Terror attacks, climate change set to cast shadow over Paris talks
Violence has cast a long shadow over a climate summit opening in Paris on Monday, two weeks after 130 people were killed in a coordinated jihadist onslaught on the French capital.world Updated: Nov 29, 2015 13:32 IST
Violence has cast a long shadow over a climate summit opening in Paris on Monday, two weeks after 130 people were killed in a coordinated jihadist onslaught on the French capital.
As more than 150 world leaders prepared to meet under heightened security, analysts warned of an increasingly war-torn future facing humanity if they fail to limit global warming.
The Paris attacks on November 13 were claimed by the Islamic State group that has a brutal war in Syria -- a conflict rooted in part, experts say, in a historic drought from 2006 to 2010.
It drove some 1.5 million farmers and herders off their land and into cities and towns like Homs, Palmyra and Damascus.
“It’s not a coincidence that, immediately prior to the civil war in Syria, the country experienced the worst drought on record,” US Secretary of State John Kerry said in Milan last month.
According to Francesco Femia of The Center for Climate and Security in Washington DC, research has shown the Syrian drought “was made two-to-three times more likely because of climate change”.
Many a report has suggested that water scarcity, exacerbated by global warming, has fuelled deadly conflicts in the Middle East and Africa, thus contributing to the flood of refugees seeking a better life in Europe and elsewhere.
Experts warn the situation is likely to worsen as climate conditions become more hostile to human survival -- and people become more desperate.
While climate change is not, on its own, a direct cause of conflict, competition for dwindling water and land resources can certainly fan flames in an already volatile situation, say analysts.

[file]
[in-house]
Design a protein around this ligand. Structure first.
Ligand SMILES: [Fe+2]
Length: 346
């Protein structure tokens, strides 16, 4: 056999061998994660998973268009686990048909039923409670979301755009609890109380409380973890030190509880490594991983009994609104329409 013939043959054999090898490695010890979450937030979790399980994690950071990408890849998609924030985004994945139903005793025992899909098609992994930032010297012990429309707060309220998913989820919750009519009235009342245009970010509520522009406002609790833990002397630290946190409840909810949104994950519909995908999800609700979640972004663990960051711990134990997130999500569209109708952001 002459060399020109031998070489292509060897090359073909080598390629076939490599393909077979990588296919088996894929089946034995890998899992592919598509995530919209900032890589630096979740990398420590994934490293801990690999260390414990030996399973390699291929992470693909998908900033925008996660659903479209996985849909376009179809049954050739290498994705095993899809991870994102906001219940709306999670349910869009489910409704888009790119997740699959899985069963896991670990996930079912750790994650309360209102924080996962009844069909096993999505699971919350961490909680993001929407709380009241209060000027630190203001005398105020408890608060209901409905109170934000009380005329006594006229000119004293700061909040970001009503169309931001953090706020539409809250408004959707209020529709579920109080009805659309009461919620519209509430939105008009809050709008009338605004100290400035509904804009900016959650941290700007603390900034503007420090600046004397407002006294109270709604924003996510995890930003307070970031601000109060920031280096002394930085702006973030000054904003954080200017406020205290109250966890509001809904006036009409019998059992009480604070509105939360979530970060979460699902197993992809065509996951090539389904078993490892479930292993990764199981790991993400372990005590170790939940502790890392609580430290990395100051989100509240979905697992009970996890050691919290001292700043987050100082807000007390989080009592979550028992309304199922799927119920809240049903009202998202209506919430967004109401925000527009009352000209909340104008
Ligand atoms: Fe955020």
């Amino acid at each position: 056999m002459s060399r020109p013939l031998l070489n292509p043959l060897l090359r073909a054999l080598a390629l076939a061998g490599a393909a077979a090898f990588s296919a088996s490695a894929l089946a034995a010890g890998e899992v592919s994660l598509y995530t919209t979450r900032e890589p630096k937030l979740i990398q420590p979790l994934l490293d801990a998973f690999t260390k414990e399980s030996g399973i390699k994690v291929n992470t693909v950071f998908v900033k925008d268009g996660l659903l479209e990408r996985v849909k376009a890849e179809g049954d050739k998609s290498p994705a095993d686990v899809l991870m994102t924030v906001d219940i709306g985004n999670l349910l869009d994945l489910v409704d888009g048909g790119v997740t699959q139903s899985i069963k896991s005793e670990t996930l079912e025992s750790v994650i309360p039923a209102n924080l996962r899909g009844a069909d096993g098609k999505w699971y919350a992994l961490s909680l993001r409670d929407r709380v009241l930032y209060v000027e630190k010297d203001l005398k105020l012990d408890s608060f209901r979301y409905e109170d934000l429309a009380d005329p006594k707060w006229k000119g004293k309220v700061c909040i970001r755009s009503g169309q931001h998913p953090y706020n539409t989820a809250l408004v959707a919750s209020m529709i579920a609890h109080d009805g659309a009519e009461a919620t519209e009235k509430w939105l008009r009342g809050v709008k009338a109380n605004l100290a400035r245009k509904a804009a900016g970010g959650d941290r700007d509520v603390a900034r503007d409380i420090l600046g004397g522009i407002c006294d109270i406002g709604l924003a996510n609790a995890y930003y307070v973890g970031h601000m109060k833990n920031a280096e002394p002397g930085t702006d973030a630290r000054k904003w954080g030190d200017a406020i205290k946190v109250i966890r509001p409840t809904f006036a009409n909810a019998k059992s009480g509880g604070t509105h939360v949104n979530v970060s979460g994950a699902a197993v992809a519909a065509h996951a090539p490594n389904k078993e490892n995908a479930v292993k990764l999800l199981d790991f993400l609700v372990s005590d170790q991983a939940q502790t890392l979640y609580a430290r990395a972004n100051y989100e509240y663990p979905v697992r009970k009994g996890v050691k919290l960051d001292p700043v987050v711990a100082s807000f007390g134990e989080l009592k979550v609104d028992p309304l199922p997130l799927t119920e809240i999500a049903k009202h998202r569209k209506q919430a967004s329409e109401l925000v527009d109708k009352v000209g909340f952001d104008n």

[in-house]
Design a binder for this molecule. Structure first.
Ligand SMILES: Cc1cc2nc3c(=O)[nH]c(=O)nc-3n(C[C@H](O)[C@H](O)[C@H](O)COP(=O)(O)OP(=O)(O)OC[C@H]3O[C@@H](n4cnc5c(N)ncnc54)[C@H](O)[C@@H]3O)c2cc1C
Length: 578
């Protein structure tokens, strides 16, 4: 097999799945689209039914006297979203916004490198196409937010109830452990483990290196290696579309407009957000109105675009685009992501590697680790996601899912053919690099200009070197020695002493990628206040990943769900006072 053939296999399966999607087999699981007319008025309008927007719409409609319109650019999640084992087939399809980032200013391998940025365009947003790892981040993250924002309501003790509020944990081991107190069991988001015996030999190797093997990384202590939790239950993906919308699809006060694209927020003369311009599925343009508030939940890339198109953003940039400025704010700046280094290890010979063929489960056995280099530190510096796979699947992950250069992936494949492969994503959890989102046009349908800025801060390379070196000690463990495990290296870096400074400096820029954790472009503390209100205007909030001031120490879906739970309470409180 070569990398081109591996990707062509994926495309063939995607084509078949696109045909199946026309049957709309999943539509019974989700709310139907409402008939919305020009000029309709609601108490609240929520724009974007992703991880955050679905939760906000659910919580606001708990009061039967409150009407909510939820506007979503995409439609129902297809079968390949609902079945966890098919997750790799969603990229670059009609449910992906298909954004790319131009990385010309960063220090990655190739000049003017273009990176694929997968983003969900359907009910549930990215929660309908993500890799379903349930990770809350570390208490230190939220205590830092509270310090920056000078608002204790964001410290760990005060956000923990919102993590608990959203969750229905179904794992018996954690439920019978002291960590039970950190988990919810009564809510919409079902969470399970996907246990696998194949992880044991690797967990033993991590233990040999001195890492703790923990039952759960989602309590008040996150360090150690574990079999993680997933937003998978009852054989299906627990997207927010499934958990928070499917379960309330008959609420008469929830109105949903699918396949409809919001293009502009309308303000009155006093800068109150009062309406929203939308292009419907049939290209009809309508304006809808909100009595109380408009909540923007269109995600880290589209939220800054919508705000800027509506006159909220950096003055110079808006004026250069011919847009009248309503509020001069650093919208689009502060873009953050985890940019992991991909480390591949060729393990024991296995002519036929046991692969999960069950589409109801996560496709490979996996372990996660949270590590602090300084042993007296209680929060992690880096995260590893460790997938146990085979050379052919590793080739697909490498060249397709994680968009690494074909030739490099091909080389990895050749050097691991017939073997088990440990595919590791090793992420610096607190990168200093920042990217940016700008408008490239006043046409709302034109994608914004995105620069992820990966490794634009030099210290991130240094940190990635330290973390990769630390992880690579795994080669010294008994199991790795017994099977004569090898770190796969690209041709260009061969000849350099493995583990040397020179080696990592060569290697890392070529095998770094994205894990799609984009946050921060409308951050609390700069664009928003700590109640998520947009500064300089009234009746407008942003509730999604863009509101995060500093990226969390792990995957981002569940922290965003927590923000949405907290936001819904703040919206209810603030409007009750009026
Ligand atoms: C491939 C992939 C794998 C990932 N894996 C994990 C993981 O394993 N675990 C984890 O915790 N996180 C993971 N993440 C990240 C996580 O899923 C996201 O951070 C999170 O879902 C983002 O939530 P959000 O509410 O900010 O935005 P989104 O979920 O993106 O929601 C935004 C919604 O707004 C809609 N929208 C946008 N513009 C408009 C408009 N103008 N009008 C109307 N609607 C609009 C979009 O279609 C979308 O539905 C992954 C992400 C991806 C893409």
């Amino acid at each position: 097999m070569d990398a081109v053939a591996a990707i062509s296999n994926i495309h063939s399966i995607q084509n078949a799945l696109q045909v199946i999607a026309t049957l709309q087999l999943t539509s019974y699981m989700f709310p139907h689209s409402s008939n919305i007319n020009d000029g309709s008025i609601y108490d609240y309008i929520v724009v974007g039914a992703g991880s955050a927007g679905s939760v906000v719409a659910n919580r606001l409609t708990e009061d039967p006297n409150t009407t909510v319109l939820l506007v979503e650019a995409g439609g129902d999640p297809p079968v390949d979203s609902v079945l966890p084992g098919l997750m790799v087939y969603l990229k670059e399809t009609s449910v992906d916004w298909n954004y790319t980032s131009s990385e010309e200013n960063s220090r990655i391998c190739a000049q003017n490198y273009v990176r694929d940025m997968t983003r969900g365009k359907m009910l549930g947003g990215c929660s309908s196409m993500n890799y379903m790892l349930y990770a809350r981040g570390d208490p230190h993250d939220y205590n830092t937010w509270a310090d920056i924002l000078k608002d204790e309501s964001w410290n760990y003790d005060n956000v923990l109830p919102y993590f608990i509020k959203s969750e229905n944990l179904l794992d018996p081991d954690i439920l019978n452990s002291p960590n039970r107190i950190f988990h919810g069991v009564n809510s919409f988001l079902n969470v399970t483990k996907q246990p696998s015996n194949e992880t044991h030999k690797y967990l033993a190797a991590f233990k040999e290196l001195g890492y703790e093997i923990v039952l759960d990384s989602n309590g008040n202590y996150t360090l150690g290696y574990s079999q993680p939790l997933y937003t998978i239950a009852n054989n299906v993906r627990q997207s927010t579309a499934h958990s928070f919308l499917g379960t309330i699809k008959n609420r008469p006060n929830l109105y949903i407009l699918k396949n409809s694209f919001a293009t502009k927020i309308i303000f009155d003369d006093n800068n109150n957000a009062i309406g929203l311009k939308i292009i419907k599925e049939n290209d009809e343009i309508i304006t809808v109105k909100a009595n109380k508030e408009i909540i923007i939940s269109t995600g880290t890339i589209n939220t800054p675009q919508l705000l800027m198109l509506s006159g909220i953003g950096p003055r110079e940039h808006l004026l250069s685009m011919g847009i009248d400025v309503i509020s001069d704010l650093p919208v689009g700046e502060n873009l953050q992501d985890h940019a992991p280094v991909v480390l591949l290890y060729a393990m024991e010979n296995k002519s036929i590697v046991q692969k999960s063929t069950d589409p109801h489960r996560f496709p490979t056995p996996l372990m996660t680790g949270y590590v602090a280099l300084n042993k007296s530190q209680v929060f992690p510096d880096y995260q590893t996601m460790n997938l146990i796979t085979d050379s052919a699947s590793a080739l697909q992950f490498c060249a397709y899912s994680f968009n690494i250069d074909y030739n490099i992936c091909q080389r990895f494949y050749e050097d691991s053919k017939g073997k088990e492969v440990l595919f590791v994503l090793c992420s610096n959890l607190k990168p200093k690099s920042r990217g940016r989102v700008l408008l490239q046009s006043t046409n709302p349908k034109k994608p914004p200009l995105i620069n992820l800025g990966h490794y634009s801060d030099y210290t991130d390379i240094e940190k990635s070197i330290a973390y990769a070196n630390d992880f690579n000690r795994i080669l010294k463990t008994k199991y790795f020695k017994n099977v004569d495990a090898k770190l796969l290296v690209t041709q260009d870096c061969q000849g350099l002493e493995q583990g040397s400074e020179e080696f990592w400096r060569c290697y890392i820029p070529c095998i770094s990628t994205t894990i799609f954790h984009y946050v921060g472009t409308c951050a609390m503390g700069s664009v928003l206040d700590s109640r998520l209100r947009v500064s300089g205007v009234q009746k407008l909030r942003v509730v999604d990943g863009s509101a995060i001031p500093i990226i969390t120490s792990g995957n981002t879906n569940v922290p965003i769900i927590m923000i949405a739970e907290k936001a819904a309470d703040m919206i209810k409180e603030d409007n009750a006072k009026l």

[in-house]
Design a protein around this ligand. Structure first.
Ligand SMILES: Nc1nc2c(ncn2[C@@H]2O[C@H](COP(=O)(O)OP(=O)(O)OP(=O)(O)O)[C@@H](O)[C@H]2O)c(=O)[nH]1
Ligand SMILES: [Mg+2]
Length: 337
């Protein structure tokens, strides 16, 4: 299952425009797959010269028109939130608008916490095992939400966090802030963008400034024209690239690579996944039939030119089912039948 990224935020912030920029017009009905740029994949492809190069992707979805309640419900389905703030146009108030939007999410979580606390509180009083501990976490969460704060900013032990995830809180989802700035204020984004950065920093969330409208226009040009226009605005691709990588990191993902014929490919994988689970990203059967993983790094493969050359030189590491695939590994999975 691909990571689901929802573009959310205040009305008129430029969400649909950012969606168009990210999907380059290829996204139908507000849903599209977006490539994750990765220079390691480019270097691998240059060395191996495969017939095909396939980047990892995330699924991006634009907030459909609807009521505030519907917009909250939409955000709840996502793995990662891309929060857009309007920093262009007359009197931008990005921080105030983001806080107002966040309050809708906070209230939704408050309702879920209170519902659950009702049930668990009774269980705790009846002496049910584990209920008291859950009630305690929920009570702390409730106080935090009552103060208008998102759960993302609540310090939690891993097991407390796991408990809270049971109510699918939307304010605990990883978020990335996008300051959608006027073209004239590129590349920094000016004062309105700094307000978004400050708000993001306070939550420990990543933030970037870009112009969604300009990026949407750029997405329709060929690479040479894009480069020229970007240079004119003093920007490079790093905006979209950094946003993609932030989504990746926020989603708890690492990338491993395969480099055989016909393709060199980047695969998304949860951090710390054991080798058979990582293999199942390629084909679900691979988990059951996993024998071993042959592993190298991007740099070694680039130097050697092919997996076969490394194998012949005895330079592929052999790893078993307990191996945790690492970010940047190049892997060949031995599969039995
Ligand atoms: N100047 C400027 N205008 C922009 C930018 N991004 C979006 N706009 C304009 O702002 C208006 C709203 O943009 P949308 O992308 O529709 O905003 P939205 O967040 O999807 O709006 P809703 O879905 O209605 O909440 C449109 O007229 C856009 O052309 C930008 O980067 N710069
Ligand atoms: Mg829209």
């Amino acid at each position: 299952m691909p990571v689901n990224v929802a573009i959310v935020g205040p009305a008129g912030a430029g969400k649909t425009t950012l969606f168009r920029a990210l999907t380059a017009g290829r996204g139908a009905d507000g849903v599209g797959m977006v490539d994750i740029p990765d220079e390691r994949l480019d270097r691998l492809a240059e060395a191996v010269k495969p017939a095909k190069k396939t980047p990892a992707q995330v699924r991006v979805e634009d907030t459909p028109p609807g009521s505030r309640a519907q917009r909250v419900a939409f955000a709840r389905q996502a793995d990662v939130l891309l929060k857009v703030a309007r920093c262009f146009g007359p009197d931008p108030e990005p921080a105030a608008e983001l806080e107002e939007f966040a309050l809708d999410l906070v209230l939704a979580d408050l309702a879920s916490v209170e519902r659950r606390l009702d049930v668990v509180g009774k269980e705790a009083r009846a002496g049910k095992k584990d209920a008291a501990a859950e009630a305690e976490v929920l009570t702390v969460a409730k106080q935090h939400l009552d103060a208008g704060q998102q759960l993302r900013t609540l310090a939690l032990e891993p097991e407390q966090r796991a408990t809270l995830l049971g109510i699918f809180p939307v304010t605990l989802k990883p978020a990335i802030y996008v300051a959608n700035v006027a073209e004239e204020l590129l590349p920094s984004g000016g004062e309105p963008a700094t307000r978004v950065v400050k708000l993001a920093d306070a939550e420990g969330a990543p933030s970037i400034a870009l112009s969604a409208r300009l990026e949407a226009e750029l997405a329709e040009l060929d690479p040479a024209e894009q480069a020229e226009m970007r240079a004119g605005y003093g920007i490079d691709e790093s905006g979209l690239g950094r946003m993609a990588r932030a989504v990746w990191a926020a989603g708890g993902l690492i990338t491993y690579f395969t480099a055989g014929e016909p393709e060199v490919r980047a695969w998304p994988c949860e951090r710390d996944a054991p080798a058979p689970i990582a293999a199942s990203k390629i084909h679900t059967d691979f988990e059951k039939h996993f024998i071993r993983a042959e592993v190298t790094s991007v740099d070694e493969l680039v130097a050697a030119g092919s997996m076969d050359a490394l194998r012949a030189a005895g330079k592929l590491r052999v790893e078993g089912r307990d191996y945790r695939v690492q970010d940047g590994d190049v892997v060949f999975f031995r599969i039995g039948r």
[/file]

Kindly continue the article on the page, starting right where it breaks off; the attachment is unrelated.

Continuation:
“Climate change is a ‘threat multiplier’,” Femia told AFP.
“If, in a certain place, you introduce climate stress to the kinds of natural resource deficiencies that can contribute to state failure or conflict, you increase the likelihood of a conflict occurring.”
In July, an international team of scientists, policy analysts, financial and military risk experts, cautioned that food and water shortages would boost future conflicts over resources, mass migration and state failure.
Even sophisticated governments may be unable to deal with the combination of pressures, said the report entitled “Climate Change, a Risk Assessment”.
“The expansion of ungoverned territories would in turn increase the risks of terrorism,” with large numbers of marginalised and disenfranchised people to recruit from, said the report compiled for policymakers.
Negotiators from 195 nations will gather in Paris until December 11 to craft a pact to stave off worst-case-scenario climate change by limiting emissions of climate-altering greenhouse gases.
The goal is to limit warming to two degrees Celsius (3.6 degrees Fahrenheit) above mid-19th century levels, when industrial-scale emissions began.
Even a 2 C increase will mean a land-gobbling sea level rise, longer and more frequent droughts, and increasingly acute water shortages, scientists say. But the projected impacts worsen significantly beyond the two degree threshold.
A recent report by the Washington-based World Resources Institute warned that “high water stress” in Syria and its neighbours “will likely deteriorate in the coming decades.”
“A well-documented path can connect water scarcity to food insecurity, social instability and potentially violent conflict,” it said, adding that “climate change amplifies scarcity worries.”
Earlier this month, Toby Lanzer, the UN’s humanitarian coordinator for the Sahel, warned that Europe’s migrant crisis will become worse if the Paris climate summit fails countries in the drought-stricken Lake Chad basin.
Some 2.5 million people in the region have been displaced by a toxic mix of drought, poverty and conflict.
An estimated 850,000 migrants have entered the European Union so far this year, mainly from the Middle East and North Africa.
“There is increasing evidence ... that there may be a statistically-significant correlation between climate change and conflict,” Femia said.
This was borne out, he said, “in places like Kenya, where a changing climate has been linked to conflicts between pastoralists and farmers, and in Syria, where a mass internal displacement of people may be connected to political turmoil.”
President Francois Hollande of climate summit host France, also linked climate and conflict in a magazine interview this week.
“Even if we solve the problem of Syria, we will still be confronted with the migration of millions of people forced to move because they can’t cultivate their land,” he told l’Express.
“This disorder can engender new conflicts.”